Kingdom of Portugal
The Kingdom of Portugal was a monarchy on the Iberian Peninsula and the predecessor of modern Portugal. It was in existence from 1139 until 1910, after 1248, it was known as the Kingdom of Portugal and the Algarves and between 1815 and 1822, it was known as the United Kingdom of Portugal and the Algarves. The name is often applied to the Portuguese Empire, the realms extensive overseas colonies. The nucleus of the Portuguese state was the County of Portugal, established in the 9th century as part of the Reconquista, by Vímara Peres, a vassal of the King of Asturias. The county became part of the Kingdom of León in 1097, the kingdom was ruled by the Alfonsine Dynasty until the 1383–85 Crisis, after which the monarchy passed to the House of Aviz. During the 15th and 16th century, Portuguese exploration established a vast colonial empire, from 1580 to 1640, the kingdom of Portugal was in personal union with Habsburg Spain. After the Portuguese Restoration War of 1640–1668, the passed to the House of Braganza and after to the House of Braganza-Saxe-Coburg.
From this time, the influence of Portugal declined, but it remained a major due to its most valuable colony. Portugal was an absolute monarchy before 1822. It rotated between absolute and constitutional monarchy from 1822 until 1834, and was a constitutional monarchy after 1834. The Kingdom of Portugal finds its origins in the County of Portugal, the Portuguese County was a semi-autonomous county of the Kingdom of León. Independence from León took place in three stages, The first on 26 July 1139 when Afonso Henriques was acclaimed King of the Portuguese internally, the second was on 5 October 1143, when Alfonso VII of León and Castile recognized Afonso Henriques as king through the Treaty of Zamora. The third, in 1179, was the Papal Bull Manifestis Probatum, once Portugal was independent, D. Afonso Is descendants, members of the Portuguese House of Burgundy, would rule Portugal until 1383. Even after the change in houses, all the monarchs of Portugal were descended from Afonso I, one way or another.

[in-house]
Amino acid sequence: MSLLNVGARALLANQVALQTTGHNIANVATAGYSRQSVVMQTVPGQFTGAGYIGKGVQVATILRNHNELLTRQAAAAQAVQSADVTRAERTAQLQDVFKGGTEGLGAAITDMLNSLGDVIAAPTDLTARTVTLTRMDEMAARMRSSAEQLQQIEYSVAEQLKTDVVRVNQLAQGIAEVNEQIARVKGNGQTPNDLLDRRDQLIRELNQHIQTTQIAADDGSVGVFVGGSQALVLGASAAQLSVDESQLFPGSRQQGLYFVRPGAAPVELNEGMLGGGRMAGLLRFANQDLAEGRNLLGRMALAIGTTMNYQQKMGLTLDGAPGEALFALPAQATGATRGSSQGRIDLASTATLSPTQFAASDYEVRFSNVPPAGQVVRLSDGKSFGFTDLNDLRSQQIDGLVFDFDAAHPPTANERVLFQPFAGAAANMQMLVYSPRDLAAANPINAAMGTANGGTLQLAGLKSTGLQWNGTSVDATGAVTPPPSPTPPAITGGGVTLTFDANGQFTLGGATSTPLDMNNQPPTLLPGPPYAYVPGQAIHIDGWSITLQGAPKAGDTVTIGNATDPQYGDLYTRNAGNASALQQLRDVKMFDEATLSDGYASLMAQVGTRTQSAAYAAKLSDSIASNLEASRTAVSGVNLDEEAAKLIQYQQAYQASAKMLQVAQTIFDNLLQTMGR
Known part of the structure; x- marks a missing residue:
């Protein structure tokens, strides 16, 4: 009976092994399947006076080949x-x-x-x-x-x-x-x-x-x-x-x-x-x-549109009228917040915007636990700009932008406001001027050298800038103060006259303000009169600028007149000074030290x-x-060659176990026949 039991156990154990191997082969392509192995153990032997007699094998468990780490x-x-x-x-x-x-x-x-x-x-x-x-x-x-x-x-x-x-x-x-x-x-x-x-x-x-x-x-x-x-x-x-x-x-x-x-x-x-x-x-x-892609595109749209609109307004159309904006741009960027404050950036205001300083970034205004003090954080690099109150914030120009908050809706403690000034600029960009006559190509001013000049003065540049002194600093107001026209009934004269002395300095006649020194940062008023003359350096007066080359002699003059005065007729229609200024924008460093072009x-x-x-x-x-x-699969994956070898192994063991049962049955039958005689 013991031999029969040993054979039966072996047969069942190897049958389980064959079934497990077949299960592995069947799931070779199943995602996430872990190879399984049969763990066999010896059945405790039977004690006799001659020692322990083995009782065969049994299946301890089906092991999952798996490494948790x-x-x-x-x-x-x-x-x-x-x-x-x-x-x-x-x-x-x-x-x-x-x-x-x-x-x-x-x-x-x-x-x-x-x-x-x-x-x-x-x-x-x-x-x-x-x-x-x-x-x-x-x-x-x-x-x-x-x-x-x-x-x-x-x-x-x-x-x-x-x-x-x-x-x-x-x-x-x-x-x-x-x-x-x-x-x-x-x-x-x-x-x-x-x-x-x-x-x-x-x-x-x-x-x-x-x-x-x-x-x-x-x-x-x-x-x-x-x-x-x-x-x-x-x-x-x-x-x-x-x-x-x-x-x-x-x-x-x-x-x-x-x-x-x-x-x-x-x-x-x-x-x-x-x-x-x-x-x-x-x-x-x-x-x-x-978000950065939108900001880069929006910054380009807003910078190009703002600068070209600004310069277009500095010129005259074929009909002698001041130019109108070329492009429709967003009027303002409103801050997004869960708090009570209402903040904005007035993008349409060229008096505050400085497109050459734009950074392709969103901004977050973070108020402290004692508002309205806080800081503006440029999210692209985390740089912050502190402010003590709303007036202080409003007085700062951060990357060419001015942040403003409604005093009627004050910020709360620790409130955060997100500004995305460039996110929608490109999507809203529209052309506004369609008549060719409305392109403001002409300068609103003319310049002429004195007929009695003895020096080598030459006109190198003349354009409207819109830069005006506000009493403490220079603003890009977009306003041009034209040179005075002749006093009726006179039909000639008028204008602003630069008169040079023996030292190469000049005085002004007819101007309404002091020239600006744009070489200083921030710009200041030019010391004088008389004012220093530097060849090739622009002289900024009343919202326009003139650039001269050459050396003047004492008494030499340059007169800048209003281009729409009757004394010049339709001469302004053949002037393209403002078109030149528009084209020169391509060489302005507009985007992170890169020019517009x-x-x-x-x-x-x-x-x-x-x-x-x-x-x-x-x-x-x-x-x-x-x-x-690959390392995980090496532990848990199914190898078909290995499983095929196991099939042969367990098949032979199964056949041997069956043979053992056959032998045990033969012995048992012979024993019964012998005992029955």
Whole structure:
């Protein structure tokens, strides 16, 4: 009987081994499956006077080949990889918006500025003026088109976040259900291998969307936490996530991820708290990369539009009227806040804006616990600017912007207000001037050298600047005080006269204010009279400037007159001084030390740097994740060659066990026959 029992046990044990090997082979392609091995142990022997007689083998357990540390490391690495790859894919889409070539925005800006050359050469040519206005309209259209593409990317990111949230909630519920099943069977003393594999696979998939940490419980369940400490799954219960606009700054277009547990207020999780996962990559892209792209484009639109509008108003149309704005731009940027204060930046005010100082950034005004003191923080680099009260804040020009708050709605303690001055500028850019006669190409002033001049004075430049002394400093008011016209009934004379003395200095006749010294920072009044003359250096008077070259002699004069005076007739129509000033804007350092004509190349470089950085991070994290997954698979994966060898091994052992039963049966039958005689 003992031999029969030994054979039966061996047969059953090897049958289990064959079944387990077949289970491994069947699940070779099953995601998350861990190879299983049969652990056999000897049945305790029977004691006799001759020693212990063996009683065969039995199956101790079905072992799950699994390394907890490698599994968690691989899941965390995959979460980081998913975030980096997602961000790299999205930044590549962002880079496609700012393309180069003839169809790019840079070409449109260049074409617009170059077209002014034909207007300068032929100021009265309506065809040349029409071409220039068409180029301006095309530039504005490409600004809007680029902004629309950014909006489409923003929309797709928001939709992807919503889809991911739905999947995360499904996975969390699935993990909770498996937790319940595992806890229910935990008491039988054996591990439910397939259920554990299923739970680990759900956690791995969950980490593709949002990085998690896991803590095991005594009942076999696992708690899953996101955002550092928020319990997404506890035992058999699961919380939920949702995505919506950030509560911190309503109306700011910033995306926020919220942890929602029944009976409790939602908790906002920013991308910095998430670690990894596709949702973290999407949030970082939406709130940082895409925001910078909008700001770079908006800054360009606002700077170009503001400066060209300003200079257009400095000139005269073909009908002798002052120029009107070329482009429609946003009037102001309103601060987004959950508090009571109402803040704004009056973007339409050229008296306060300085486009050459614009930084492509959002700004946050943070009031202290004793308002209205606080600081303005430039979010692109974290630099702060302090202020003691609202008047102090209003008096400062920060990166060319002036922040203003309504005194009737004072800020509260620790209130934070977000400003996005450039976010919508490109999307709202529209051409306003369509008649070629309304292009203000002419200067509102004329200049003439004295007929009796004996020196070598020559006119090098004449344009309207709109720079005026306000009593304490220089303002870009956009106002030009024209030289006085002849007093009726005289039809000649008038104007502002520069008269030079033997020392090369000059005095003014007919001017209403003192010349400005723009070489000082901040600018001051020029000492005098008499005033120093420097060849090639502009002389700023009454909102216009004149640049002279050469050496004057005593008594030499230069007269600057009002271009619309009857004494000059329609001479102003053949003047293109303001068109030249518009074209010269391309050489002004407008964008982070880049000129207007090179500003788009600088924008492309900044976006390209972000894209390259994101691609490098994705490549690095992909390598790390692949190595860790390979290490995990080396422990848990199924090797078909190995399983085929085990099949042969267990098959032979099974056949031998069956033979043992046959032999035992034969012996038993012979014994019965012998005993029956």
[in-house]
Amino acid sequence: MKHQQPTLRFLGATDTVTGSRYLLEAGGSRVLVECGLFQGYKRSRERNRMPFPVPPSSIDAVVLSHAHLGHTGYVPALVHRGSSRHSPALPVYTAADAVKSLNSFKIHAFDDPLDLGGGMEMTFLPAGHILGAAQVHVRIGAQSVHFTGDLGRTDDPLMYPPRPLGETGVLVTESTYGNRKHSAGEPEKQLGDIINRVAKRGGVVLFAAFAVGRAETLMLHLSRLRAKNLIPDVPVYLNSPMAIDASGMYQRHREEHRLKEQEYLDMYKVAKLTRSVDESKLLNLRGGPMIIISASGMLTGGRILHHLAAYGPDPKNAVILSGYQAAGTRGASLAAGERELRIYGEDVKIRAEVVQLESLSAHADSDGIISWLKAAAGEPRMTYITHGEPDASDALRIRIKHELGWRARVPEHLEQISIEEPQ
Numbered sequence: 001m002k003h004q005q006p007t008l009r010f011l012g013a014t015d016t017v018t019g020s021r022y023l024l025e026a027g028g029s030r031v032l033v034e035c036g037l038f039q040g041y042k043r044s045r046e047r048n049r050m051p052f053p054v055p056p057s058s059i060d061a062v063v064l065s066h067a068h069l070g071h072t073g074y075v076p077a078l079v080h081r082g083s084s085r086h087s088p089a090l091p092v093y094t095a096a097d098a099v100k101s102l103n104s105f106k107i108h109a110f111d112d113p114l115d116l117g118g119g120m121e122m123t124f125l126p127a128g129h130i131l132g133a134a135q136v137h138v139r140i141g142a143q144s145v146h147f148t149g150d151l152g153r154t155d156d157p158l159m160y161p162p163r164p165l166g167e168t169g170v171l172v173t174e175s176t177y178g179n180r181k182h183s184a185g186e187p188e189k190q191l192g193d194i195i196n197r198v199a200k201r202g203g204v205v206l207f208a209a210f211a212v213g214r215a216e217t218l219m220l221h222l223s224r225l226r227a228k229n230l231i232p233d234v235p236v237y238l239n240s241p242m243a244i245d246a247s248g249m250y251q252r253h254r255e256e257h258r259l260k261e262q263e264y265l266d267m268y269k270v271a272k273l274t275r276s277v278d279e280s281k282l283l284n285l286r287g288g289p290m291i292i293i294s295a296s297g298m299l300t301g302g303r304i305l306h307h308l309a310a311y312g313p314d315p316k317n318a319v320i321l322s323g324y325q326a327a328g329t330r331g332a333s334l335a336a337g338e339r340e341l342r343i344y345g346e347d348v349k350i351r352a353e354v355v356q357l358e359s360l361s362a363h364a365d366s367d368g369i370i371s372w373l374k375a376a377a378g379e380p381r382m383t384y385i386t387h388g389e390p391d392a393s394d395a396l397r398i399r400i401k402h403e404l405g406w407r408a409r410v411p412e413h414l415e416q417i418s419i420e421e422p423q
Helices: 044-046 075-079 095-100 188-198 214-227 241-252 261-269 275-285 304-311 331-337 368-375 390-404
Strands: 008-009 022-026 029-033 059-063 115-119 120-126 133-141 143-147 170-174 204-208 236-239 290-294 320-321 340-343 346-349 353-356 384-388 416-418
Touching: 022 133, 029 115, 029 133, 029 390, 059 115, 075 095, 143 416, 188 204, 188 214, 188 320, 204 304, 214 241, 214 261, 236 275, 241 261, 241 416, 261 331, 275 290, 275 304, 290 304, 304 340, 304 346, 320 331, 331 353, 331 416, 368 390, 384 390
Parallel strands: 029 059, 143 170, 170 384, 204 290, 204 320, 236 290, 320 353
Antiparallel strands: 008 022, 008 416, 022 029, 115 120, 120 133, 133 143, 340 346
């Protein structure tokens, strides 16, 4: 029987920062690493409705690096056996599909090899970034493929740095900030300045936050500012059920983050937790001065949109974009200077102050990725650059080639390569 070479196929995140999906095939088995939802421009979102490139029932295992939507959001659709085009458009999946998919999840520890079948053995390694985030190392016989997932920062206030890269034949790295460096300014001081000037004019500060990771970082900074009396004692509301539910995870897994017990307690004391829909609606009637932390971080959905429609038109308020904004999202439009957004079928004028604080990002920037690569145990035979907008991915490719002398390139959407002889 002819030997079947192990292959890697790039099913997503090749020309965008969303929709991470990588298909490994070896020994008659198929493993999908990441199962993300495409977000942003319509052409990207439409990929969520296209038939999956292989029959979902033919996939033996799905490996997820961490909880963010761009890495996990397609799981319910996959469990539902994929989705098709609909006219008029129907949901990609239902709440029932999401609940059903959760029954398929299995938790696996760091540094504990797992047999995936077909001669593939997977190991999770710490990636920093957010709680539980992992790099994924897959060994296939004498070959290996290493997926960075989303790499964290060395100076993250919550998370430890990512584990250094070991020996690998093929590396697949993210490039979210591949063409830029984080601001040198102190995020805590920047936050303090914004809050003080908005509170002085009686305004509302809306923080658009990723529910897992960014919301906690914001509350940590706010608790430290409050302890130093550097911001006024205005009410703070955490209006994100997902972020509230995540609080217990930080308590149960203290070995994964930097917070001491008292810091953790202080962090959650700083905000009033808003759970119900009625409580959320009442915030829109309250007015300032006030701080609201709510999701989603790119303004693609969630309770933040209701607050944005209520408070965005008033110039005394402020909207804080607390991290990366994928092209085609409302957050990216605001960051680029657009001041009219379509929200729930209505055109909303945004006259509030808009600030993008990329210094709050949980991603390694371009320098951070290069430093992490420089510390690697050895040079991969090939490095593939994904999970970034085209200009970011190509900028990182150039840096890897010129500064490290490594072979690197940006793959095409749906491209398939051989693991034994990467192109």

With the start of the 20th century, Republicanism grew in numbers and support in Lisbon among progressive politicians, however a minority with regard to the rest of the country, this height of republicanism would benefit politically from the Lisbon Regicide on 1 February 1908. When returning from the Ducal Palace at Vila Viçosa, King Carlos I, with the death of the king and his heir, Carlos Is second son would become king as King Manuel II of Portugal. Manuels reign, would be short-lived, ending by force with the 5 October 1910 revolution, sending Manuel into exile in England, on 19 January 1919, the Monarchy of the North was proclaimed in Porto. The monarchy would be deposed a month and no other monarchist counterrevolution in Portugal has happened since, after centuries of Portuguese dominion in Angola, the Kingdom of Kongo was made a vassal state of the Portuguese kingdom, its king pledging allegiance to the King of Portugal
Diadem of the Stars